Keeping our insecurities at bay Print
Youth Column
Written by Erick Rommel, Catholic News Service   
Thursday, Sep. 24, 2015 -- 12:00 AM

On many levels, we are all the same. We all have hopes and dreams, aspirations. We all have a mental picture of the person we want to become.

But none of us feel handsome enough or pretty enough. None of us think we're smart enough. We all want to lose weight, and we all wish we had more friends. We all have insecurities.

But imagine the most popular people you know, the ones who fits your definition of cool. At some point, far more recent than you think, they probably stared in the mirror and questioned themselves. They'd never share it with anyone else, but they probably had similar insecurities as the ones we all face.

There's nothing wrong with this feeling. It's normal. Often though, we get defensive when we fear others will realize we have these thoughts. Our response mechanisms vary.

Some people get defensive, others get aggressive; some keep their feelings secret, while others hide them in full view. It's not a question of whether we'll react, but how.

We're told we get better at dealing with these voices in our head as we grow and mature. We're told we'll learn to control the feeling that we should be better. Most adults will tell you they successfully dealt with these insecurities.

But at some level, regardless of age, we're all waiting to be found out. We live with the fear in the back of our mind that there's someone out there who is better, waiting to take our spot, waiting to point out the insecurities we most want to keep hidden.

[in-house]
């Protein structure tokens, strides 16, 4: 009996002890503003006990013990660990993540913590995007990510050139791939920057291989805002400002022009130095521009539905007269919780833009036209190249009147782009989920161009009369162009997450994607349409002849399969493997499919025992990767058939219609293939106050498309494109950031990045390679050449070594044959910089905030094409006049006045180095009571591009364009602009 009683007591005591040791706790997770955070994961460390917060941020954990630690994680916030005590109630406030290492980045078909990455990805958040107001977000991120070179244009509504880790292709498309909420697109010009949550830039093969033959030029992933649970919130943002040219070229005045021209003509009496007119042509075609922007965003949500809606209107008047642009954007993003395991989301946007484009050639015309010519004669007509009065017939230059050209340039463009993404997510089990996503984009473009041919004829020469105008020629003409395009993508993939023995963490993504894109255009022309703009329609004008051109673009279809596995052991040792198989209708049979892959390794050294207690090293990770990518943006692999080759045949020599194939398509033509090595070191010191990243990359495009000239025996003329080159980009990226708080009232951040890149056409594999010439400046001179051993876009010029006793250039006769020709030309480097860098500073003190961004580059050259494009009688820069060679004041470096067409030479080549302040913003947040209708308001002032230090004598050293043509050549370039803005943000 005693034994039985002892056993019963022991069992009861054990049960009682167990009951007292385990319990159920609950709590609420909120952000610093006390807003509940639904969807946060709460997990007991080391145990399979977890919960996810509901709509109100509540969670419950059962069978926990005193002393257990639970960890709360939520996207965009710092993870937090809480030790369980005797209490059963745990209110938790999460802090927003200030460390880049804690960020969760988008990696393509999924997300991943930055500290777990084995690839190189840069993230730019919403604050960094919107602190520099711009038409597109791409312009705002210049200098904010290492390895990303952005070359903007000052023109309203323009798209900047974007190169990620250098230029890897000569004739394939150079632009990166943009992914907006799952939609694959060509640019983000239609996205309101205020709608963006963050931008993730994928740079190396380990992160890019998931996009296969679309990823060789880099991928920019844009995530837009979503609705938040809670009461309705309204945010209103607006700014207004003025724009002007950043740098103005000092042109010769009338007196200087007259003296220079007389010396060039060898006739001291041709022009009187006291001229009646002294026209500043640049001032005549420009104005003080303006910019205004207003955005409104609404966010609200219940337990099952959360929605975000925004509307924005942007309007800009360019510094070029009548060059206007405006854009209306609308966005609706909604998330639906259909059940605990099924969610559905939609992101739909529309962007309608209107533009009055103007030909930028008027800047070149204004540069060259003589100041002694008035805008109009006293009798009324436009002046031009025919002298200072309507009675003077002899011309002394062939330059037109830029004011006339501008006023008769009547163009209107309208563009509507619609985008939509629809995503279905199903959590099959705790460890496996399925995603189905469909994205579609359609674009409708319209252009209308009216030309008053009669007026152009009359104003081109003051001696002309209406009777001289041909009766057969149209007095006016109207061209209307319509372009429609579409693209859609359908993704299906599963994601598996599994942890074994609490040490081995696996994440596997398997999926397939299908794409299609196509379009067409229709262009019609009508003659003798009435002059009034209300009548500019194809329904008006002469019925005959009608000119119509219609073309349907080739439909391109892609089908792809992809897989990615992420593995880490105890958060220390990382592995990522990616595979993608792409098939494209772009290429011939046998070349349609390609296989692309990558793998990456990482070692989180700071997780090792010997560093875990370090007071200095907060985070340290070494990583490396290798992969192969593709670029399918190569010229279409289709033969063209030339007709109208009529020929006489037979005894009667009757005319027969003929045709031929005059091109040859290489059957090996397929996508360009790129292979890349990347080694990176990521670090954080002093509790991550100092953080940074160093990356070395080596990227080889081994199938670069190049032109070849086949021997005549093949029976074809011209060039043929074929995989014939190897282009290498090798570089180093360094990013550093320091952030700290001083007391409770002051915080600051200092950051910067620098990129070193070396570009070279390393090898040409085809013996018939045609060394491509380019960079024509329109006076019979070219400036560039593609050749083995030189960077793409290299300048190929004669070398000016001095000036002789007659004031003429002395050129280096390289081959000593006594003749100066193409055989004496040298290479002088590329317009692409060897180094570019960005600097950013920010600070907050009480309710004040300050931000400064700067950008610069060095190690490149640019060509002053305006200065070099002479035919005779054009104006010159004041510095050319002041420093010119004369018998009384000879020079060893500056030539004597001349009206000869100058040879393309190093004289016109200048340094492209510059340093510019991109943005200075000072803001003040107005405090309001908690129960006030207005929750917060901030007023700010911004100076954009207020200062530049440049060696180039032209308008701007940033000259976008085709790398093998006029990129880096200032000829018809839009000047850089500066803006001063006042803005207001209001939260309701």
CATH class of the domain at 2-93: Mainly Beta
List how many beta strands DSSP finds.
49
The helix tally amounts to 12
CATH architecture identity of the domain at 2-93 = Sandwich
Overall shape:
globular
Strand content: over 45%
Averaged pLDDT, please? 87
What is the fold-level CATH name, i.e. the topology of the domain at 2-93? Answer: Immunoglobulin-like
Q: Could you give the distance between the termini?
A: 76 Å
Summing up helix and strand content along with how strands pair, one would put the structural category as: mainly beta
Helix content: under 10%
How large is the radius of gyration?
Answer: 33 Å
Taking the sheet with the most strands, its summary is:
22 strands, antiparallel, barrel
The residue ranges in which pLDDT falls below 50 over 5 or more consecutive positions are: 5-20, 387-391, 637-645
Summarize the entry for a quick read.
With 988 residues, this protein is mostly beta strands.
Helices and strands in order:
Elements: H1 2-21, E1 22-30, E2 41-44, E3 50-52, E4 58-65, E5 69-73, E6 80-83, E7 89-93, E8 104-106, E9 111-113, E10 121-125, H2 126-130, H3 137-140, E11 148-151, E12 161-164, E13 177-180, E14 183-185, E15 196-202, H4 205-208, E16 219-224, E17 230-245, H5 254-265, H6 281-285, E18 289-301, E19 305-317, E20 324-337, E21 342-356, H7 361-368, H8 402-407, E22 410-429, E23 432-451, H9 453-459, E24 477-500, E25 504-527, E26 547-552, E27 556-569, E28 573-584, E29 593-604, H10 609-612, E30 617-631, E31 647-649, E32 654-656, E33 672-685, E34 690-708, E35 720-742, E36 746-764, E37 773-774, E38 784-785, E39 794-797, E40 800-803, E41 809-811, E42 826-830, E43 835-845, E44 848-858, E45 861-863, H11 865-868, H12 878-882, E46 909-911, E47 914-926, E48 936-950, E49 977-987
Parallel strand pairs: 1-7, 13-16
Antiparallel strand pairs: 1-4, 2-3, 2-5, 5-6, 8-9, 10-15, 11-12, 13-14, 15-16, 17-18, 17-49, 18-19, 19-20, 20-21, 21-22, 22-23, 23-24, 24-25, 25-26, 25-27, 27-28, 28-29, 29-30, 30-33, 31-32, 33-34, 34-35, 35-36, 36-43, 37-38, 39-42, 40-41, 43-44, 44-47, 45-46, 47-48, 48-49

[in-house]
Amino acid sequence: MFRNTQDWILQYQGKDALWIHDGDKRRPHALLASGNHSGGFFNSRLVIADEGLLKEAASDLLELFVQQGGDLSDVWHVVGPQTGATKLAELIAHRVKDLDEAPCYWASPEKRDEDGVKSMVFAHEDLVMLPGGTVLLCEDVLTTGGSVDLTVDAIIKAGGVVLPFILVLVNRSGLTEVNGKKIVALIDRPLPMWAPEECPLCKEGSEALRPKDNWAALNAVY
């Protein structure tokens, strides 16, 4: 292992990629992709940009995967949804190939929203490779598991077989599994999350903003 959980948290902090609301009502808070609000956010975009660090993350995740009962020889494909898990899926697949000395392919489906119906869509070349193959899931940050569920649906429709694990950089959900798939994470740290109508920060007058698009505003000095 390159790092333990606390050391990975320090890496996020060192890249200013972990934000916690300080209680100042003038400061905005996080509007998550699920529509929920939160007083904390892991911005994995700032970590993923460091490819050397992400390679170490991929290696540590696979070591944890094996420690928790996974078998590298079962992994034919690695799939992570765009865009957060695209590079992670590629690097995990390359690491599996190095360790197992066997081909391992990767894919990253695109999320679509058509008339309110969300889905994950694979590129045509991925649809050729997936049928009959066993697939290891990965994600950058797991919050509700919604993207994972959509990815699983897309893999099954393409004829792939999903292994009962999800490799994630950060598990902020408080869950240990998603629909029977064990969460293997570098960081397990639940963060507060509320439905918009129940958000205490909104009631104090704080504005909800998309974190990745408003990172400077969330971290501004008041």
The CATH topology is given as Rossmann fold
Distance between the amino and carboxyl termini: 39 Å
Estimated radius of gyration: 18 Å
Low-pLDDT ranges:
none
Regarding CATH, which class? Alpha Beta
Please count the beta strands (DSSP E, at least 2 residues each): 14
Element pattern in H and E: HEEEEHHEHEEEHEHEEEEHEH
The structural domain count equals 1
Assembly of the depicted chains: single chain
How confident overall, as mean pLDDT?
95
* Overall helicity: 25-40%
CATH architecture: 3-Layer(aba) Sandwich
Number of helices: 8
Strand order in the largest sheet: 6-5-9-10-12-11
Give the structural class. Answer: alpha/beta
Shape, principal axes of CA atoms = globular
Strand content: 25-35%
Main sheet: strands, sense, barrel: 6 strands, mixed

The challenge isn't to be more secure but to find the confidence to not look over our shoulder to see if someone is pointing a finger at us. How can we do that? One key step is to be mindful that others have the same thoughts. They fear we'll be the one to point our finger back in their direction.

We should never forget this secret and we can always use it to our advantage. We can match their confidence. We can look them in the eye and smile when we do. No one can look down on us unless we let them. We don't have to give people the power to call us weak.

That's advice not just for those who are young, but for those who are young at heart. The most amazing people I know are those who refuse to leave fun in their past. They're the parents with more excitement for vacation than their children. They're the grandparents you see going on rides at the amusement park.

Those who grow to become fun-loving adults are better at embracing this. They still have the fear that someone will point them out, but they couldn't care less because they know those fears are unfounded. They accept that there's someone more handsome or pretty. They know there's someone smarter. They admit they could lose weight and they value the quality of friendships rather than their quantity.

We will never be truly confident, but we can learn to be comfortable. When we achieve that feeling, the thoughts of those around us matter much less.

Erick Rommel is head staff writer for The Catholic Spirit in the Diocese of Metuchen, N.J. His column is syndicated through Catholic News Service.


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